Figure 3.2 Four-step modeling cycle used to organize reasoning about mathematical modeling.

Source: (from Reasoning and Sense Making [NCTM, 2009]).

Modeling, “Real-world situations are not organized and labeled for analysis; formulating tractable models, representing such models, and analyzing them are appropriately a creative process.” These real-world problems tend to be messy and require multiple math concepts, a creative approach to math, and involves a cyclical process of revising and analyzing the model.

The figure above (Figure 3.2) outlines a cycle often used to organize reasoning in mathematical modeling (from Reasoning and Sense Making, NCTM, 2009). The steps identified in this four-step modeling cycle illustrates how a real-world problem can be translated to a mathematical model under specific assumptions, which can then be solved using appropriate mathematical tools. The solutions can then be interpreted in terms of the real world and in turn helps validate the predictive capability of the model proposed.

An important way to align our standards and teaching practices is to think about and unpack the ways we teach and learn mathematics across the learning progression. So let’s consider a high-school standard called mathematical modeling. As you read the description from the CCSSM document, think about ways this topic applies to elementary and middle grades? What would be the precursor to mathematical modeling in the earlier grades?

In our work with teachers, we used mathematical modeling process (see Figure 3.3) that we modified from the steps defined by the Society for Industrial and Applied Mathematics SIAM—Moody’s Mega Math Challenge—which is a national mathematical modeling contest for high-school students sponsored by The Moody’s Foundation (see http://m3challenge.siam.org/resources/modeling-handbook). [1] [2] [3]

  • 4. Build Solutions: Generate solutions.
  • 5. Analyze and Validate Conclusions: Does your solutions make sense? Now, take your solution and apply it to the real-world scenario. How does it fit? What do you want to revise?
  • 6. Present and Justify the Reasoning for Your Solution. (Modified from the SIAM—Moody’s Mega Math Challenge website)

One of the teachers from our mathematical modeling project was so inspired by the professional development workshop that he decided to engage students in the beginning of the year with mathematical modeling. He began by creating a mathematical modeling bulletin board to reinforce his commitment to incorporating mathematical modeling as part of his instructional routine in his mathematical classroom.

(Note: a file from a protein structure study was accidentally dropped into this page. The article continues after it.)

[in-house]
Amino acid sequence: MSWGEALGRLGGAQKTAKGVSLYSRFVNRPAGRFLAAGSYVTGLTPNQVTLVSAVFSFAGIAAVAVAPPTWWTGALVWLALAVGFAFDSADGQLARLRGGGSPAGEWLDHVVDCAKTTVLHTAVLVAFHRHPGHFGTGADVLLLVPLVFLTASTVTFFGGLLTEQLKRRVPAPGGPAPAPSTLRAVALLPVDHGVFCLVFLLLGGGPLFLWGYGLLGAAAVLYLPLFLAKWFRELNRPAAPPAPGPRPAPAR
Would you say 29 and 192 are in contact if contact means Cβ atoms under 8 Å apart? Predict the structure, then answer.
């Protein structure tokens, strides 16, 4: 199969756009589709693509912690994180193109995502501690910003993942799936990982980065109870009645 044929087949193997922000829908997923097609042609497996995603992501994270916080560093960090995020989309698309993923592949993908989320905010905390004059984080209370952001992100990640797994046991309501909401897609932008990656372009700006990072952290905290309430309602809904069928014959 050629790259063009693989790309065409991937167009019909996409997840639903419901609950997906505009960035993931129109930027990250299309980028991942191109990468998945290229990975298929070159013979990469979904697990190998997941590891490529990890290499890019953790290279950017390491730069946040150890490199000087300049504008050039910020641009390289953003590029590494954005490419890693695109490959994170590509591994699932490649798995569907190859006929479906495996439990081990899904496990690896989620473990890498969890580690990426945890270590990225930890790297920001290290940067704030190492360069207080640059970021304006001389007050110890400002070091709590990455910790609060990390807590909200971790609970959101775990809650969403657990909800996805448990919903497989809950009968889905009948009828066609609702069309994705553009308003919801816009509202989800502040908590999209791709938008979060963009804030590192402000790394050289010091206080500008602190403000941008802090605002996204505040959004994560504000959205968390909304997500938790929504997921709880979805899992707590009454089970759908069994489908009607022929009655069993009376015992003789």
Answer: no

Above his math tool shelf, his bulletin board displayed the six steps: P = Pose the Problem; A = Make Assumptions; V = Define the Variables; S = Get a Solution; A = Analyze the Model; R = Report the Results. He launched his school year with a mathematical modeling unit called Proposal for a Sport Stadium. His fourth-grade class was starting the year with place value to the millions and estimation and computation (Relates to CCSSM fourth grade: Students generalize their understanding of place value to 1,000,000, understanding the relative sizes of numbers in each place. Depending on the numbers and the context, they select and accurately apply appropriate methods to estimate or mentally calculate products).

Fourth-grade standard 4.1. The student will (a) identify orally and in writing the place value for each digit in a whole number expressed through millions; (b) compare two whole numbers expressed through millions, using symbols (>, <, or =); and (c) round whole numbers expressed through millions to the nearest thousands, ten thousands, and hundred thousand.

Math modeling process. Planning resources created based on math modeling process as described by Bliss, Fowler, and Galluzzo (2014)

Figure 3.3 Math modeling process. Planning resources created based on math modeling process as described by Bliss, Fowler, and Galluzzo (2014).

Fourth-grade standard 4.2. The student will (a) read, write, represent, and identify decimals expressed through thousandths; (b) round decimals to the nearest whole number, tenth, and hundredth; (c) compare and order decimals; and (d) given a model, write the decimal, and fraction equivalents.

He posed the problem statement:

Text Box 3.2 A Math Happening 3b: Proposal for a Sport Stadium